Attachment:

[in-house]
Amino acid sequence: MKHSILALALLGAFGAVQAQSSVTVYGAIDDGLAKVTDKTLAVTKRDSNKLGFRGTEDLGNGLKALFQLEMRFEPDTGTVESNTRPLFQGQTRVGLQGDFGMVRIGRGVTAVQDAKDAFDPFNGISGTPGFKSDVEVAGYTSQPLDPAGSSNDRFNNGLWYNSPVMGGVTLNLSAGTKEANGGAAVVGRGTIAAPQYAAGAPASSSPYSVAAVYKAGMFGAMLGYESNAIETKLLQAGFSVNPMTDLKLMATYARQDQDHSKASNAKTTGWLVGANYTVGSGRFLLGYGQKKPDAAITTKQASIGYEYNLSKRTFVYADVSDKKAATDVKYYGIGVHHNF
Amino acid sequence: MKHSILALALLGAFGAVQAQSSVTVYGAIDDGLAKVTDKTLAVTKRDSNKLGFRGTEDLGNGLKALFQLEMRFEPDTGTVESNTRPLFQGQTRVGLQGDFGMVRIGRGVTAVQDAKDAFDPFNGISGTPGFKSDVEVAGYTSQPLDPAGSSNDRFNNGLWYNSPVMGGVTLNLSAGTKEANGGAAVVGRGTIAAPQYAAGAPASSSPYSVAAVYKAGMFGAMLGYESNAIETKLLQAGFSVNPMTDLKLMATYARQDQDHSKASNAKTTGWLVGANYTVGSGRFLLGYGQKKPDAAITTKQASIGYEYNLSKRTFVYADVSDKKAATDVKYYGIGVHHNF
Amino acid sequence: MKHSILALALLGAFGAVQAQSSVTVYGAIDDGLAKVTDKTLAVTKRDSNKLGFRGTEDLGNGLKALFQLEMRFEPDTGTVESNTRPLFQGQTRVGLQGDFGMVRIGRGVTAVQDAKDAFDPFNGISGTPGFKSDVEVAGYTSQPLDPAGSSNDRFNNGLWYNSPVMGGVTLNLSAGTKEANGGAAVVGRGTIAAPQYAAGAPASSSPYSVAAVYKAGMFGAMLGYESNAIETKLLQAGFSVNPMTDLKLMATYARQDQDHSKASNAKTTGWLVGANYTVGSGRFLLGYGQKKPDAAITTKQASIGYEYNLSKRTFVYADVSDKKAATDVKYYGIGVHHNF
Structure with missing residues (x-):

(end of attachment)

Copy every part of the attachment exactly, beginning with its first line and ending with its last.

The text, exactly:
[in-house]
Amino acid sequence: MKHSILALALLGAFGAVQAQSSVTVYGAIDDGLAKVTDKTLAVTKRDSNKLGFRGTEDLGNGLKALFQLEMRFEPDTGTVESNTRPLFQGQTRVGLQGDFGMVRIGRGVTAVQDAKDAFDPFNGISGTPGFKSDVEVAGYTSQPLDPAGSSNDRFNNGLWYNSPVMGGVTLNLSAGTKEANGGAAVVGRGTIAAPQYAAGAPASSSPYSVAAVYKAGMFGAMLGYESNAIETKLLQAGFSVNPMTDLKLMATYARQDQDHSKASNAKTTGWLVGANYTVGSGRFLLGYGQKKPDAAITTKQASIGYEYNLSKRTFVYADVSDKKAATDVKYYGIGVHHNF
Amino acid sequence: MKHSILALALLGAFGAVQAQSSVTVYGAIDDGLAKVTDKTLAVTKRDSNKLGFRGTEDLGNGLKALFQLEMRFEPDTGTVESNTRPLFQGQTRVGLQGDFGMVRIGRGVTAVQDAKDAFDPFNGISGTPGFKSDVEVAGYTSQPLDPAGSSNDRFNNGLWYNSPVMGGVTLNLSAGTKEANGGAAVVGRGTIAAPQYAAGAPASSSPYSVAAVYKAGMFGAMLGYESNAIETKLLQAGFSVNPMTDLKLMATYARQDQDHSKASNAKTTGWLVGANYTVGSGRFLLGYGQKKPDAAITTKQASIGYEYNLSKRTFVYADVSDKKAATDVKYYGIGVHHNF
Amino acid sequence: MKHSILALALLGAFGAVQAQSSVTVYGAIDDGLAKVTDKTLAVTKRDSNKLGFRGTEDLGNGLKALFQLEMRFEPDTGTVESNTRPLFQGQTRVGLQGDFGMVRIGRGVTAVQDAKDAFDPFNGISGTPGFKSDVEVAGYTSQPLDPAGSSNDRFNNGLWYNSPVMGGVTLNLSAGTKEANGGAAVVGRGTIAAPQYAAGAPASSSPYSVAAVYKAGMFGAMLGYESNAIETKLLQAGFSVNPMTDLKLMATYARQDQDHSKASNAKTTGWLVGANYTVGSGRFLLGYGQKKPDAAITTKQASIGYEYNLSKRTFVYADVSDKKAATDVKYYGIGVHHNF
Structure with missing residues (x-):